mascherina pandemia coronavirus

The circularity of disposable masks

A number of solutions to recycle the most common defence against the spread of the pandemic.

by Davide Perillo
03 May 2021
13 min read
by Davide Perillo
03 May 2021
13 min read

There are 130 billion masks thrown away every month. That means 180 million per hour worldwide. If we multiply that by the amount of time that has lapsed since the onset of the pandemic until today, plus an unknown amount of future time because, vaccine or not, we’ll be wearing them for a while still, and you arrive at chilling figures, much more than what we have been seeing. Disposable masks, the highly-regarded weapon against COVID around the world, are becoming an enormous environmental problem. We use heaps of them, just under a billion per month in Italy alone, estimates the Polytechnic University of Turin, but we’re unable to dispose of them as we normally would. You only have to look around you to see how many escape the incinerator and end up on the street, in parks and in the oceans. If we want to make more calculations, multiply everything by the 450 years that a mask needs to decompose (they are mostly made of polypropylene), and we arrive at a complete picture of what has now become not only a health emergency, but an ecological one as well.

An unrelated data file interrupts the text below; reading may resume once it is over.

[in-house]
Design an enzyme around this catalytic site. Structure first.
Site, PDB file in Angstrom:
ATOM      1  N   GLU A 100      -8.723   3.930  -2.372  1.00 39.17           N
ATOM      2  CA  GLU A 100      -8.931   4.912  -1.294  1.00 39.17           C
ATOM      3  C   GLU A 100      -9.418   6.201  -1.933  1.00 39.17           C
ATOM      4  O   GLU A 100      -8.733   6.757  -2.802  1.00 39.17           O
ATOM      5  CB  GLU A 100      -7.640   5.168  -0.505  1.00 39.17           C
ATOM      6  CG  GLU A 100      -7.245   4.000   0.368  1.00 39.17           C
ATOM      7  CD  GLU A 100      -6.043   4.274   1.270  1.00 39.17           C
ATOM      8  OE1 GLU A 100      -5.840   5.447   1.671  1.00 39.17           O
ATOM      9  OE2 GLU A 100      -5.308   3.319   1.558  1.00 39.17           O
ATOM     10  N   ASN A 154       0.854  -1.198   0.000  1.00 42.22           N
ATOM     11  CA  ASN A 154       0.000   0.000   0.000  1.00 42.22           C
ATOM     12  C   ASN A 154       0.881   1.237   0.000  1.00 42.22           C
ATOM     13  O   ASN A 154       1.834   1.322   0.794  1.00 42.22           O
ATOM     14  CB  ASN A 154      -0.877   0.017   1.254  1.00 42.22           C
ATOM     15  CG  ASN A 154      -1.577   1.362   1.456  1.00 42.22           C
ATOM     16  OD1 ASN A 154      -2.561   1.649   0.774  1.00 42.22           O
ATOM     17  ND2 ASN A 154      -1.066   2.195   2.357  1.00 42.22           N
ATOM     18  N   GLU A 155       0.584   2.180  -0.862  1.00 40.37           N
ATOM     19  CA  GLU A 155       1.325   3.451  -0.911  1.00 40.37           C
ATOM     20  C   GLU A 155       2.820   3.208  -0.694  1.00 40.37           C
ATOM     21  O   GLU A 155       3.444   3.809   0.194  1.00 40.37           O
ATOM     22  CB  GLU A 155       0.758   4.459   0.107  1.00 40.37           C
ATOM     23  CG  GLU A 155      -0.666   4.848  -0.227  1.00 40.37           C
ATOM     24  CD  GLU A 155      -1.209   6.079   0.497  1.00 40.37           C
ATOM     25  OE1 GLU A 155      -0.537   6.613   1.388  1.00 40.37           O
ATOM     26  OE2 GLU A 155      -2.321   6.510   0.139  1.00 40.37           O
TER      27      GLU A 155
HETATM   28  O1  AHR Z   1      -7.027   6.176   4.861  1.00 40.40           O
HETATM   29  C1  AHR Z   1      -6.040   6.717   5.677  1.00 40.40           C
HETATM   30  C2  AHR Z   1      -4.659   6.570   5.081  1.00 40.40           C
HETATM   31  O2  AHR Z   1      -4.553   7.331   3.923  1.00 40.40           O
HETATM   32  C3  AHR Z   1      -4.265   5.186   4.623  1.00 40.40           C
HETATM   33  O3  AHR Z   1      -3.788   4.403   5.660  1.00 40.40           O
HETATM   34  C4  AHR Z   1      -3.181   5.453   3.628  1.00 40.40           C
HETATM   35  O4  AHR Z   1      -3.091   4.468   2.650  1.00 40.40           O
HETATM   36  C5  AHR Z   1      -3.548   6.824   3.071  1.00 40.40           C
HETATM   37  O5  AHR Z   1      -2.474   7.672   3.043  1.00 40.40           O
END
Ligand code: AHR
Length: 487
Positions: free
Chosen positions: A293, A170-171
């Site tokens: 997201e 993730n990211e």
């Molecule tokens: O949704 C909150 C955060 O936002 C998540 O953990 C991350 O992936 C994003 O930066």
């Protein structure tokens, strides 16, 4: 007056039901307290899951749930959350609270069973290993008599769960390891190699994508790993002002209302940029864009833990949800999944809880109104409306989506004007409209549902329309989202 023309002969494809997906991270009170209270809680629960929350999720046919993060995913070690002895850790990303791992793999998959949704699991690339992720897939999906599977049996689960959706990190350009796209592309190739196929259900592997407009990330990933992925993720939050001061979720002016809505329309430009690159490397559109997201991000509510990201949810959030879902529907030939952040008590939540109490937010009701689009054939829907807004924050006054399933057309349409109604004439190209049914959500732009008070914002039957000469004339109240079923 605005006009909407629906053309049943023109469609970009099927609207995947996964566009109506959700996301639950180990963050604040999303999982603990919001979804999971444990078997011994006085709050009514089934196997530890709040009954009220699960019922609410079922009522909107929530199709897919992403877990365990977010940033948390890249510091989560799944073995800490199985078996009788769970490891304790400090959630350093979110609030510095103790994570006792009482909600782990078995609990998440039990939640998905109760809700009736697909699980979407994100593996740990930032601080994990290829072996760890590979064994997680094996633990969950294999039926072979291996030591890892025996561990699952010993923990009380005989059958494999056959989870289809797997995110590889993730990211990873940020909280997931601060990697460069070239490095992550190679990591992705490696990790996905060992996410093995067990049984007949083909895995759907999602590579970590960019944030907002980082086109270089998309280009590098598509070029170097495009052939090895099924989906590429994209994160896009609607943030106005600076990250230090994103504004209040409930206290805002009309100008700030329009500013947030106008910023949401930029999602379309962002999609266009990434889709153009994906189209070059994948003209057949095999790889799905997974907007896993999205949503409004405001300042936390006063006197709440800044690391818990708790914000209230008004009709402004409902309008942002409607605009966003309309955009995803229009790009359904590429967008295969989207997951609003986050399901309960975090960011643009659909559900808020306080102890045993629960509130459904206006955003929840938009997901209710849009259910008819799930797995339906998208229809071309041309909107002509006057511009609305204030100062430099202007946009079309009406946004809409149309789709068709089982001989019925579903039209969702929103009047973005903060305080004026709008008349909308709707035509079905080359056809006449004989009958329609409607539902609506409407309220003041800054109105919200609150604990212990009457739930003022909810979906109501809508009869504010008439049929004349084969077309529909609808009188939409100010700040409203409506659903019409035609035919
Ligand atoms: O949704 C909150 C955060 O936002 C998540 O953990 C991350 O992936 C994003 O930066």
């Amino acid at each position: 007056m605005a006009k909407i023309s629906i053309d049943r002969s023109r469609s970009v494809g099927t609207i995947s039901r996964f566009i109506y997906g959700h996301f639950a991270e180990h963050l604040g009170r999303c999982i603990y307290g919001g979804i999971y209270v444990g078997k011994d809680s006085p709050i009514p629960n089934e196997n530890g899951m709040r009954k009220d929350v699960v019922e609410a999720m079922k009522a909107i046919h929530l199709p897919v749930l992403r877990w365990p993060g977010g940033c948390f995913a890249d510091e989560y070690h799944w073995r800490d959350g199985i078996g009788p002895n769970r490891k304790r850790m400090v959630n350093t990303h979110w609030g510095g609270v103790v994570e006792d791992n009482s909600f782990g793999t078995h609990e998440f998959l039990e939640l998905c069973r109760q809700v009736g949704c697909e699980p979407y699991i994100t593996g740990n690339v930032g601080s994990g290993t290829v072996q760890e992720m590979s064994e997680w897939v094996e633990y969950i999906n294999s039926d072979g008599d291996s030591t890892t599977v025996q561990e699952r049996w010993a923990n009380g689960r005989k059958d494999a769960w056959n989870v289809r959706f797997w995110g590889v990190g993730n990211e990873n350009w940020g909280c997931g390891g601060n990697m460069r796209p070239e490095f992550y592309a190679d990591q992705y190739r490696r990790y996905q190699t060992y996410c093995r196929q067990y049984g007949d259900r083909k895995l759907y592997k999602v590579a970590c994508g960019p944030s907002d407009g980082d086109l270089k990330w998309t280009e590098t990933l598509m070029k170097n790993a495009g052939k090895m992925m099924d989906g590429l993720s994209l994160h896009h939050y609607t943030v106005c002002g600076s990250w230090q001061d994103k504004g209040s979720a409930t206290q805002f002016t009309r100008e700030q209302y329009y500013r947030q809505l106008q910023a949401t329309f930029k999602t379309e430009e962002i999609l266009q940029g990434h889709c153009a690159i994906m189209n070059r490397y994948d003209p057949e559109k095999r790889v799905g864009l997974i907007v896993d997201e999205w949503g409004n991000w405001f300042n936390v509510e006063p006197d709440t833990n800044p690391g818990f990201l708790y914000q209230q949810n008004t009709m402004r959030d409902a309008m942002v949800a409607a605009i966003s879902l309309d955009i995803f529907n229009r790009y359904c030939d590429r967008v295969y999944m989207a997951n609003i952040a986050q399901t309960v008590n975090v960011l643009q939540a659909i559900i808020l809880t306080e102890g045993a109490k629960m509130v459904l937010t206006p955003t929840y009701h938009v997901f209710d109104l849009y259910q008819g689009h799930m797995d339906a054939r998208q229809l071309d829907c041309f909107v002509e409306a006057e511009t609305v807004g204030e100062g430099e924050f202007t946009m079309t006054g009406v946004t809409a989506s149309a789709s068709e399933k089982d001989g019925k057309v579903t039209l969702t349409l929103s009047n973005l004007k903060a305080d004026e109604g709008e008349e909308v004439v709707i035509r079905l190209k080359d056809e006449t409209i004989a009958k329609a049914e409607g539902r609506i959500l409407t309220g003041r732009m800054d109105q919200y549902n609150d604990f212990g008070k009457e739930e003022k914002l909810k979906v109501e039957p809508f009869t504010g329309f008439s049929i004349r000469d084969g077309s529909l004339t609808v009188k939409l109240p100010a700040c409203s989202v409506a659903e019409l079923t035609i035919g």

It’s not only a question of quantity and spread; it’s the very nature of these pieces of personal protective equipment that makes them difficult to manage. Disposable and able to spread infection, they’re almost treated like hazardous waste. Unsurprisingly, initial attempts to reduce their widespread use introduced a problem tied to the virus: people wondered if there was an alternative. Let’s sterilise them so we can reuse them, like cloth masks. A noble attempt, corroborated by experiments and prototypes (one of the most advanced was offered by De Lama, an Italian company specialised in creating machines used to treat hospital waste), but extremely difficult in practice.

Plaxtil, the French start-up